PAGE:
The combination of Ric Roman Waugh’s confident direction and a commanding leading performance from Nikolaj Coster-Waldau result in a thrilling genre exercise that also happens to work effectively as a poignant character study. It’s basically a tour of sorts throughout the most aspirational and horrific scenarios of the U.S., making it feel like a kick to the guts. Especially because of the dreadful sense of escalation built with all the decisions that take place after a life-changing mistake.
Mei Wong – Civilization VI
I like it.
This is my first Civ game, so I went in without any preconceived notions and I can safely say thatt the game has blown me away.
Sean Bean does a stand-up job as the narrator. His northern baritone is perfect for reciting quotes from famous people throughout history, ranging from Shakespeare to Monty Python.
My favorite is when you unlock the Astrology science perk:
“I don’t believe in astrology; I’m a Sagittarius and we’re skeptical.”
That’s from Arthur C. Clarke, and Sean Bean’s deadpan narration makes the quote funnier than it should be.
I’ve been playing Civ VI so much that I’ve been neglecting my real life responsibilities. Someone please stage an intervention before I put in a catheter so I don’t h ave to leave my computer.3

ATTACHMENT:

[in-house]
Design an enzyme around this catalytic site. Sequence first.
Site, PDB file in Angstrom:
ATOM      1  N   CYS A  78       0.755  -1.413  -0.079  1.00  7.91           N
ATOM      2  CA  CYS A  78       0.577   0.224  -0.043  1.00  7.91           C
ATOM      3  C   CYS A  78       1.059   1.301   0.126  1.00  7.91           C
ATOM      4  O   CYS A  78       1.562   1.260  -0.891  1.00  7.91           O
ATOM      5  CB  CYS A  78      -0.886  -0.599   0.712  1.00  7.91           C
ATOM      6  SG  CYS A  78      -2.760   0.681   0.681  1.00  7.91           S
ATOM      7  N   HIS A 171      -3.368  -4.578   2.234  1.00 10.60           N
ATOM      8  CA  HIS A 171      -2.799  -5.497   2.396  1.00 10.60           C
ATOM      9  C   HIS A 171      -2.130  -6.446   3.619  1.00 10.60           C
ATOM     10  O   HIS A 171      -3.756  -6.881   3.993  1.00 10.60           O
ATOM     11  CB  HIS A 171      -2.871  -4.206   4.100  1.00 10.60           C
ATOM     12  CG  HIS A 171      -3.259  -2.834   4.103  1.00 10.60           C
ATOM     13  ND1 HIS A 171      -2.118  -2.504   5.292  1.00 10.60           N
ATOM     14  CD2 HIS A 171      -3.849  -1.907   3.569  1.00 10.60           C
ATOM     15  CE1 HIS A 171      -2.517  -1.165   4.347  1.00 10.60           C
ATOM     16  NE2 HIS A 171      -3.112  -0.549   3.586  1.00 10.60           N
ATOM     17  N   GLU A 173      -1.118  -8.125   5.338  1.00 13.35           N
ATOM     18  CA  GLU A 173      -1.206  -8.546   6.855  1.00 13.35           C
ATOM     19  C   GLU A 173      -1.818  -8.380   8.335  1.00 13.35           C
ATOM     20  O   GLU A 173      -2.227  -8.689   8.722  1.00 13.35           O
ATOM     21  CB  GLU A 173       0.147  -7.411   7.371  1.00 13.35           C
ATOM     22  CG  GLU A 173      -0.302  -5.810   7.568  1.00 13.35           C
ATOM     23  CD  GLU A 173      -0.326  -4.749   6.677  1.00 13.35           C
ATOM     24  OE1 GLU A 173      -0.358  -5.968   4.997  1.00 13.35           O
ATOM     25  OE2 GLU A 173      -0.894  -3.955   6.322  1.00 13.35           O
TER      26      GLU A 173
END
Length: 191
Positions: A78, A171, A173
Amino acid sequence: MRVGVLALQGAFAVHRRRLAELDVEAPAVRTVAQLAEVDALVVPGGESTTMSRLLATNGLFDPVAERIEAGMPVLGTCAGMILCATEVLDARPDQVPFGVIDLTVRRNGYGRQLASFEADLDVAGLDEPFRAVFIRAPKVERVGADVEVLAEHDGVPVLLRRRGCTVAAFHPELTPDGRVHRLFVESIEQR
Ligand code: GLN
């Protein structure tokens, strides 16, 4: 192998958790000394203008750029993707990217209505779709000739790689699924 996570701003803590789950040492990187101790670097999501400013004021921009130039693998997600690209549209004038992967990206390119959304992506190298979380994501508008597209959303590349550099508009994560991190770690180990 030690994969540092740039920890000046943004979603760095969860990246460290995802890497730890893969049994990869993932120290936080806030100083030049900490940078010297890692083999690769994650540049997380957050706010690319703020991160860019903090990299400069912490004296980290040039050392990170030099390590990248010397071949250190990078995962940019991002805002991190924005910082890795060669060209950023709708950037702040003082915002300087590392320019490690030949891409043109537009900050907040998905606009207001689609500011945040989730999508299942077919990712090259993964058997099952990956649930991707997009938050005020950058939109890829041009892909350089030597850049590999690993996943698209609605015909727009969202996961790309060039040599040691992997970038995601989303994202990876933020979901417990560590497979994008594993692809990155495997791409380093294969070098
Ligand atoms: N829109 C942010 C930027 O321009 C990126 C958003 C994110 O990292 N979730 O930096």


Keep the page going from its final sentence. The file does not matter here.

Andrew McRae – Filmstruck
Filmstruck is a nice TV app that’s a good smorgasbord of TCM, Criterion, and other old flicks. It’s got stuff for the cinephile, stuff for the newbie, and stuff that’s just plain entertaining.
Jared Eves – Heaven’s Gate (Podcast)
If you’re of my generation you probably remember the Heaven’s Gate suicides. You know that they killed themselves believing that a UFO was hidden in the tail of the Hale-Bopp Comet, and that it had come to take them home to Heaven.
But if you’re anything like me, that’s probably about where your knowledge stops. I was in High School when the cult members drank the proverbial Kool-Aid and, outside of assuming they were a bunch of nut jobs, didn’t give them much thought.
This podcast gives them a lot of thought, and humanizes them, while also not shying away from the fact that healthy happy people generally do not join a suicidal cult (fun fact: the cult had been around a lot longer than I knew, and was not suicidal to begin with – that came much, much later), and that this affected a lot of people profoundly.
It is a fascinating look into the lives of the people who founded and became a part of Heaven’s Gate that manages to avoid being overly judgmental or sentimental as it weaves its story.
Holy hell, that’s a lot of Digs! Not nearly enough digs about Hitman, though, I agree. So get on down to the comments and tell us what you love most about our Digs, Hitman, and what you’re digging this week. Probably Hitman, right? Yeah, it’s Hitman.